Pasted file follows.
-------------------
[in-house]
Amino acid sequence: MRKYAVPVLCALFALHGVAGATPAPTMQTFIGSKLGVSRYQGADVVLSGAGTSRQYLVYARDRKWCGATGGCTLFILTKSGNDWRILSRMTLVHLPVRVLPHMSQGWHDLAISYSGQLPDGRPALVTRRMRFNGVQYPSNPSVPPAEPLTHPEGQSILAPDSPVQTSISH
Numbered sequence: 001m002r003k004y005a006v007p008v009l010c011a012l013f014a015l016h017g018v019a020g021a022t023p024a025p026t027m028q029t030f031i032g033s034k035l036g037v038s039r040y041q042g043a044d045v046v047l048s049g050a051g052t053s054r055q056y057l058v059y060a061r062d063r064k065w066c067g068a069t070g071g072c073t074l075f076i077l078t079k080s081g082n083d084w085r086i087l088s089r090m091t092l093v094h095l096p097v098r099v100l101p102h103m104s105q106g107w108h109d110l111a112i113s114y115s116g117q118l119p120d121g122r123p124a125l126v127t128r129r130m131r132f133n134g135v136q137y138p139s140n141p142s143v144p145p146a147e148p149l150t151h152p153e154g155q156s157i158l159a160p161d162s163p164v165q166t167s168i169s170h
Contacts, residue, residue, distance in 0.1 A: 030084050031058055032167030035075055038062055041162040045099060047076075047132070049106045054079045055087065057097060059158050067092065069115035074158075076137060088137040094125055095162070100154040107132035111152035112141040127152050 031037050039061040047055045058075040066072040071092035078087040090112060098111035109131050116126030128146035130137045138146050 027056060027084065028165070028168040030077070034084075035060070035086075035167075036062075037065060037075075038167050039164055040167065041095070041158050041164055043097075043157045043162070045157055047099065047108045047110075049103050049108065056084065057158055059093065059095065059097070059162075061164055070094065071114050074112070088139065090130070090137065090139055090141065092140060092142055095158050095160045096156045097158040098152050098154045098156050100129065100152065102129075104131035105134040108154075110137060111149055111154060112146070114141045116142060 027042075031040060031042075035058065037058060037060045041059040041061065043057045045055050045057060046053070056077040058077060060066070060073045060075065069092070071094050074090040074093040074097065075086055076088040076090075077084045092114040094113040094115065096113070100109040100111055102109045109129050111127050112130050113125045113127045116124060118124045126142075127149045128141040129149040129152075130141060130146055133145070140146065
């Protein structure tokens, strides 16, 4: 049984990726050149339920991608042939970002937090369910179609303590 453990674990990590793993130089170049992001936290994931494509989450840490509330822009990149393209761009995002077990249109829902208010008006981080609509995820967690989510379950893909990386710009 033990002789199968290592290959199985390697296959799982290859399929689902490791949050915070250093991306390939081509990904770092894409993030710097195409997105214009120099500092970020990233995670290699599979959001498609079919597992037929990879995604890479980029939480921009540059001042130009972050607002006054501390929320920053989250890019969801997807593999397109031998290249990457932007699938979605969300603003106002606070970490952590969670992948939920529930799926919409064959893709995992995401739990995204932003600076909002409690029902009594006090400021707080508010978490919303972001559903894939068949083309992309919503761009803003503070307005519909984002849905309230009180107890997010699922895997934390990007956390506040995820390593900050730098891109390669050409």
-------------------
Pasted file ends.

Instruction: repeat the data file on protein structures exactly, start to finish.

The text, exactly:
[in-house]
Amino acid sequence: MRKYAVPVLCALFALHGVAGATPAPTMQTFIGSKLGVSRYQGADVVLSGAGTSRQYLVYARDRKWCGATGGCTLFILTKSGNDWRILSRMTLVHLPVRVLPHMSQGWHDLAISYSGQLPDGRPALVTRRMRFNGVQYPSNPSVPPAEPLTHPEGQSILAPDSPVQTSISH
Numbered sequence: 001m002r003k004y005a006v007p008v009l010c011a012l013f014a015l016h017g018v019a020g021a022t023p024a025p026t027m028q029t030f031i032g033s034k035l036g037v038s039r040y041q042g043a044d045v046v047l048s049g050a051g052t053s054r055q056y057l058v059y060a061r062d063r064k065w066c067g068a069t070g071g072c073t074l075f076i077l078t079k080s081g082n083d084w085r086i087l088s089r090m091t092l093v094h095l096p097v098r099v100l101p102h103m104s105q106g107w108h109d110l111a112i113s114y115s116g117q118l119p120d121g122r123p124a125l126v127t128r129r130m131r132f133n134g135v136q137y138p139s140n141p142s143v144p145p146a147e148p149l150t151h152p153e154g155q156s157i158l159a160p161d162s163p164v165q166t167s168i169s170h
Contacts, residue, residue, distance in 0.1 A: 030084050031058055032167030035075055038062055041162040045099060047076075047132070049106045054079045055087065057097060059158050067092065069115035074158075076137060088137040094125055095162070100154040107132035111152035112141040127152050 031037050039061040047055045058075040066072040071092035078087040090112060098111035109131050116126030128146035130137045138146050 027056060027084065028165070028168040030077070034084075035060070035086075035167075036062075037065060037075075038167050039164055040167065041095070041158050041164055043097075043157045043162070045157055047099065047108045047110075049103050049108065056084065057158055059093065059095065059097070059162075061164055070094065071114050074112070088139065090130070090137065090139055090141065092140060092142055095158050095160045096156045097158040098152050098154045098156050100129065100152065102129075104131035105134040108154075110137060111149055111154060112146070114141045116142060 027042075031040060031042075035058065037058060037060045041059040041061065043057045045055050045057060046053070056077040058077060060066070060073045060075065069092070071094050074090040074093040074097065075086055076088040076090075077084045092114040094113040094115065096113070100109040100111055102109045109129050111127050112130050113125045113127045116124060118124045126142075127149045128141040129149040129152075130141060130146055133145070140146065
């Protein structure tokens, strides 16, 4: 049984990726050149339920991608042939970002937090369910179609303590 453990674990990590793993130089170049992001936290994931494509989450840490509330822009990149393209761009995002077990249109829902208010008006981080609509995820967690989510379950893909990386710009 033990002789199968290592290959199985390697296959799982290859399929689902490791949050915070250093991306390939081509990904770092894409993030710097195409997105214009120099500092970020990233995670290699599979959001498609079919597992037929990879995604890479980029939480921009540059001042130009972050607002006054501390929320920053989250890019969801997807593999397109031998290249990457932007699938979605969300603003106002606070970490952590969670992948939920529930799926919409064959893709995992995401739990995204932003600076909002409690029902009594006090400021707080508010978490919303972001559903894939068949083309992309919503761009803003503070307005519909984002849905309230009180107890997010699922895997934390990007956390506040995820390593900050730098891109390669050409």